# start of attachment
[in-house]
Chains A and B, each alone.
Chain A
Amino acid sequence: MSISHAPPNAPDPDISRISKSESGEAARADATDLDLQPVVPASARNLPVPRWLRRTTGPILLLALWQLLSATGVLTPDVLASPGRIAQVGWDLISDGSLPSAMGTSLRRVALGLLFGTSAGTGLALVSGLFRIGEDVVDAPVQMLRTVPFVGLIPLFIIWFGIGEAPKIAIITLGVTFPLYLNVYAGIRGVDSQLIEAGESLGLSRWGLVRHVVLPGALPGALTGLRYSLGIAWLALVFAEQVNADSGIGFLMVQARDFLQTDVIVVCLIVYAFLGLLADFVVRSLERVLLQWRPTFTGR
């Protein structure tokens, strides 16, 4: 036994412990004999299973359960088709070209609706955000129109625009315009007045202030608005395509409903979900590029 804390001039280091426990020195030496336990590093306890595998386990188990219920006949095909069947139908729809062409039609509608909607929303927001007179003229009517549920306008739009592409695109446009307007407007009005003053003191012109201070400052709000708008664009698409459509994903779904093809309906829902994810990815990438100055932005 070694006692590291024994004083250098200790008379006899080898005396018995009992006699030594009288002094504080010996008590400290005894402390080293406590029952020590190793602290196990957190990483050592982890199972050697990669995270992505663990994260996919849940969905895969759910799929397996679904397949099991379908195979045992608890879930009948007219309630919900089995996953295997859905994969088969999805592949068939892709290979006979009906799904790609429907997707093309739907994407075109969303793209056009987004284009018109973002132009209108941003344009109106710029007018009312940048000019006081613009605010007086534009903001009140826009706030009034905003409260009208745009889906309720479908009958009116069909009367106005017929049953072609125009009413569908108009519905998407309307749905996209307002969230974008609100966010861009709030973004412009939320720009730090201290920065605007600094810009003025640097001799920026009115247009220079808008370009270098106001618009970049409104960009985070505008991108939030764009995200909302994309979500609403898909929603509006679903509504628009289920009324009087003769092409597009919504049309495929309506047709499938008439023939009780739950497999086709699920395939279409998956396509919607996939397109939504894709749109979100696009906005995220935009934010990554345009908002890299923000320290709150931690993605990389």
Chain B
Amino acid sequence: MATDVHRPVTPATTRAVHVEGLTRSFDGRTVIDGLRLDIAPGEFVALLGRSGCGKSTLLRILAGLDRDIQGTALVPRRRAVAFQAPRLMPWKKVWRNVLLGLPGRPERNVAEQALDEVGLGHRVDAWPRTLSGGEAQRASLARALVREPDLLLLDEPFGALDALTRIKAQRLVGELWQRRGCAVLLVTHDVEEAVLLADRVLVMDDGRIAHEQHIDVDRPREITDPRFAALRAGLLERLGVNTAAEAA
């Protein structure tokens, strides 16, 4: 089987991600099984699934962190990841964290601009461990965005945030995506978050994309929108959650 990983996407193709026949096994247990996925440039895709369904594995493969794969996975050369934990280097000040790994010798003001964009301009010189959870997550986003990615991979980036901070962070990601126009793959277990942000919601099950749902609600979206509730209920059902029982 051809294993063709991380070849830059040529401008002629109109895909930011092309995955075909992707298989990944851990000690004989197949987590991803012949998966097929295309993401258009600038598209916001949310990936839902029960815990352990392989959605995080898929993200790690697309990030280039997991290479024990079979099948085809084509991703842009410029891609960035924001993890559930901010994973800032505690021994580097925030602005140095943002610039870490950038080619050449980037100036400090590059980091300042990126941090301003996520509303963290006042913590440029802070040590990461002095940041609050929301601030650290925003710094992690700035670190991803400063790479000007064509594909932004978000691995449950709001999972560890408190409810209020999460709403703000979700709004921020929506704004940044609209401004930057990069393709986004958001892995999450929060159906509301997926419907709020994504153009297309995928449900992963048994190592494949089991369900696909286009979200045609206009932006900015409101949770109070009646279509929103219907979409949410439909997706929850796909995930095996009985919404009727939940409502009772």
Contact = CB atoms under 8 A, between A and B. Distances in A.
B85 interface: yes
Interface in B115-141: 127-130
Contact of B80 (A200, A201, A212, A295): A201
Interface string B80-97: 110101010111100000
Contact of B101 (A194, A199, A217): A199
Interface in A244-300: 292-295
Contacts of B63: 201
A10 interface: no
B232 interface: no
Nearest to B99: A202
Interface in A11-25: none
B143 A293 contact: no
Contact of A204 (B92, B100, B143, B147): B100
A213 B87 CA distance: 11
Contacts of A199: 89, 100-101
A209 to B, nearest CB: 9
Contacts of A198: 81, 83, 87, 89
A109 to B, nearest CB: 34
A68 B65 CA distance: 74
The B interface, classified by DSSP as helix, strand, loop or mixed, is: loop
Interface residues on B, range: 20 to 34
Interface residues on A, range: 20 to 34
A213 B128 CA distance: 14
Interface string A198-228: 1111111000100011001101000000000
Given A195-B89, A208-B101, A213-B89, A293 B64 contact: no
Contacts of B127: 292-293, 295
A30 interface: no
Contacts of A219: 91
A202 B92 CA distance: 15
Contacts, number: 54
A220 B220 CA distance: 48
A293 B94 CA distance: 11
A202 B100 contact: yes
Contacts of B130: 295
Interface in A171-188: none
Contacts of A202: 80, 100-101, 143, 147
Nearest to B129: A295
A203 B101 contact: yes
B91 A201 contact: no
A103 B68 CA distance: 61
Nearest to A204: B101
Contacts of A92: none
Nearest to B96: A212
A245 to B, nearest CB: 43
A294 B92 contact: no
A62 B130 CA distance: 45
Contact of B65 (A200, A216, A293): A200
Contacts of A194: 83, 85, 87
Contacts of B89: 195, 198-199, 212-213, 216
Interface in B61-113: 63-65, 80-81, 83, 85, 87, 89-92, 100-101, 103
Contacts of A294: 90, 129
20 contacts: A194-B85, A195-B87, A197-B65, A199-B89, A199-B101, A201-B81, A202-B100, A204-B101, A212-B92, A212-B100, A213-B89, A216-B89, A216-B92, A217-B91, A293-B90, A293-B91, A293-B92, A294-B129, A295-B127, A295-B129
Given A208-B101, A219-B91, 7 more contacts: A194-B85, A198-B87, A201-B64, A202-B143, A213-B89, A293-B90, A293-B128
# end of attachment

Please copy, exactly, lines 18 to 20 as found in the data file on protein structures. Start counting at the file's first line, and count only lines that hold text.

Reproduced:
B232 interface: no
Nearest to B99: A202
Interface in A11-25: none